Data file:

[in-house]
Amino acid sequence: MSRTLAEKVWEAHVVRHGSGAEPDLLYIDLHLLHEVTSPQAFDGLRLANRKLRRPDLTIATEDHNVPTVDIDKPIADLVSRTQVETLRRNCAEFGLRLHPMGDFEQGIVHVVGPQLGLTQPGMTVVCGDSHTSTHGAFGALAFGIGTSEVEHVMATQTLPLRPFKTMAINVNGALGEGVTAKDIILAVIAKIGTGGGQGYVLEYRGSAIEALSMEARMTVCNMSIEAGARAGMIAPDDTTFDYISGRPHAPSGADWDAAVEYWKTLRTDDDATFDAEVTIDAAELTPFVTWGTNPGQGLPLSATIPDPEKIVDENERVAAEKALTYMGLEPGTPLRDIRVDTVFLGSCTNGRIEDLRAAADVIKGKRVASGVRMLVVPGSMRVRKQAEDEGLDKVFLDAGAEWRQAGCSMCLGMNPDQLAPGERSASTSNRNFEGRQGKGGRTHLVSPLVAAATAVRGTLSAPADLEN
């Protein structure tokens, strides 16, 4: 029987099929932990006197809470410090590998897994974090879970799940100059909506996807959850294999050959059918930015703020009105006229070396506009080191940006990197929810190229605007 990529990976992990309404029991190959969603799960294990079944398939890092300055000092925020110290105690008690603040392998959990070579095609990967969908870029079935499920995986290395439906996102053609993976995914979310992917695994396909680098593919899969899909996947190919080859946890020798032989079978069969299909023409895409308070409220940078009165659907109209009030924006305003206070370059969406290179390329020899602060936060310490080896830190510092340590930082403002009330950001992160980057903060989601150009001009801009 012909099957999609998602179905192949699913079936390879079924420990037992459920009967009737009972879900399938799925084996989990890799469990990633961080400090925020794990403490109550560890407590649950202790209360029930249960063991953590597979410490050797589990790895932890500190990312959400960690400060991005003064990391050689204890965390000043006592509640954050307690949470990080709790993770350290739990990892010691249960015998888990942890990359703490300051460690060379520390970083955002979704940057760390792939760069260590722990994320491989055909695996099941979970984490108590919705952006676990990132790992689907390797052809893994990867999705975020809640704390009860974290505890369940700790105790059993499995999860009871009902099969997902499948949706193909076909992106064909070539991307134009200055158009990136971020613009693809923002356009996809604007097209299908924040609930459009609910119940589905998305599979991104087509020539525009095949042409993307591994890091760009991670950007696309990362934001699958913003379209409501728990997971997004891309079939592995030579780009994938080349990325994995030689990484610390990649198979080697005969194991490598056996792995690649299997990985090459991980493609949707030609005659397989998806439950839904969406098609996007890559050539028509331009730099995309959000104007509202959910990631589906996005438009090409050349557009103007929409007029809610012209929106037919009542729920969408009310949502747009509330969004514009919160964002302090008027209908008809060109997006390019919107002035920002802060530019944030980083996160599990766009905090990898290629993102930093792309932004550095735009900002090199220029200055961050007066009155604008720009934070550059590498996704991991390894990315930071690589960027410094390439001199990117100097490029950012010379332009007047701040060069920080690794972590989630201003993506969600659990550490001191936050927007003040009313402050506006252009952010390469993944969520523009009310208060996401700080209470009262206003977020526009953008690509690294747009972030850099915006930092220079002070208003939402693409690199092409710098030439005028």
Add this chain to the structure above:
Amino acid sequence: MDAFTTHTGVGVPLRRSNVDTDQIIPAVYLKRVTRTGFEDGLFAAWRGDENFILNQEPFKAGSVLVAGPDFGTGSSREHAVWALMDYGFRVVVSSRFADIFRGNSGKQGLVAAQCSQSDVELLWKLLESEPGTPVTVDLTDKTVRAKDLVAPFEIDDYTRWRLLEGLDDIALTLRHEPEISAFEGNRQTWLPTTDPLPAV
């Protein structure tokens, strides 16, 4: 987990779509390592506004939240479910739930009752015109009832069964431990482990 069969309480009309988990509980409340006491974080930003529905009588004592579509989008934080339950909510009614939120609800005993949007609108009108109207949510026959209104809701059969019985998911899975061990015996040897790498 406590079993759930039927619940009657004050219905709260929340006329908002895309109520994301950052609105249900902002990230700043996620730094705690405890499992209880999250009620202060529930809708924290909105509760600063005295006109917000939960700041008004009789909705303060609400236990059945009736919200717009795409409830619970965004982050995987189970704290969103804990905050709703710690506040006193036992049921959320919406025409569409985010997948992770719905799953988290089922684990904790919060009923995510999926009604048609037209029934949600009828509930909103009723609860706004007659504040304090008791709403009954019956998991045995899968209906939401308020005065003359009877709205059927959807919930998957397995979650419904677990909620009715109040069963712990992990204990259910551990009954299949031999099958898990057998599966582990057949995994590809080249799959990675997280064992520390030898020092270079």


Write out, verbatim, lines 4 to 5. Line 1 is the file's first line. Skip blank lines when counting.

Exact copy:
Add this chain to the structure above:
Amino acid sequence: MDAFTTHTGVGVPLRRSNVDTDQIIPAVYLKRVTRTGFEDGLFAAWRGDENFILNQEPFKAGSVLVAGPDFGTGSSREHAVWALMDYGFRVVVSSRFADIFRGNSGKQGLVAAQCSQSDVELLWKLLESEPGTPVTVDLTDKTVRAKDLVAPFEIDDYTRWRLLEGLDDIALTLRHEPEISAFEGNRQTWLPTTDPLPAV